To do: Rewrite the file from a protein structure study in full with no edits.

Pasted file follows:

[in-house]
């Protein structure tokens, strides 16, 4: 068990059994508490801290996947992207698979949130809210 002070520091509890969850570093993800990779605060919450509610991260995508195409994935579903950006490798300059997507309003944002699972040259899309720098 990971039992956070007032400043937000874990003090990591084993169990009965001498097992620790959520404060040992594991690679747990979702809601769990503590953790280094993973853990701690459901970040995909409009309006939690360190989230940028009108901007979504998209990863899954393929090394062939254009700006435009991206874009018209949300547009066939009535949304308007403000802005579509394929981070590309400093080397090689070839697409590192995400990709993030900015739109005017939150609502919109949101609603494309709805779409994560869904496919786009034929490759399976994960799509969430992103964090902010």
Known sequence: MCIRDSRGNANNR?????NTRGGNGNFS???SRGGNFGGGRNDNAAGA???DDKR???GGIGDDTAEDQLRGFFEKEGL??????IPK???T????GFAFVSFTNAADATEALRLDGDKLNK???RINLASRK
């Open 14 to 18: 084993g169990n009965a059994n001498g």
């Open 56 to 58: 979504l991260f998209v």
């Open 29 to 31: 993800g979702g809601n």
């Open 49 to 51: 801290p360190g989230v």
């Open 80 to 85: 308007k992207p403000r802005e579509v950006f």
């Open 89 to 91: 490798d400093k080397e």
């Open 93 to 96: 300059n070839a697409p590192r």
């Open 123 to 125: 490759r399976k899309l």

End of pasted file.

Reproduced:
[in-house]
């Protein structure tokens, strides 16, 4: 068990059994508490801290996947992207698979949130809210 002070520091509890969850570093993800990779605060919450509610991260995508195409994935579903950006490798300059997507309003944002699972040259899309720098 990971039992956070007032400043937000874990003090990591084993169990009965001498097992620790959520404060040992594991690679747990979702809601769990503590953790280094993973853990701690459901970040995909409009309006939690360190989230940028009108901007979504998209990863899954393929090394062939254009700006435009991206874009018209949300547009066939009535949304308007403000802005579509394929981070590309400093080397090689070839697409590192995400990709993030900015739109005017939150609502919109949101609603494309709805779409994560869904496919786009034929490759399976994960799509969430992103964090902010």
Known sequence: MCIRDSRGNANNR?????NTRGGNGNFS???SRGGNFGGGRNDNAAGA???DDKR???GGIGDDTAEDQLRGFFEKEGL??????IPK???T????GFAFVSFTNAADATEALRLDGDKLNK???RINLASRK
């Open 14 to 18: 084993g169990n009965a059994n001498g």
């Open 56 to 58: 979504l991260f998209v």
């Open 29 to 31: 993800g979702g809601n």
């Open 49 to 51: 801290p360190g989230v």
């Open 80 to 85: 308007k992207p403000r802005e579509v950006f």
């Open 89 to 91: 490798d400093k080397e």
């Open 93 to 96: 300059n070839a697409p590192r």
């Open 123 to 125: 490759r399976k899309l």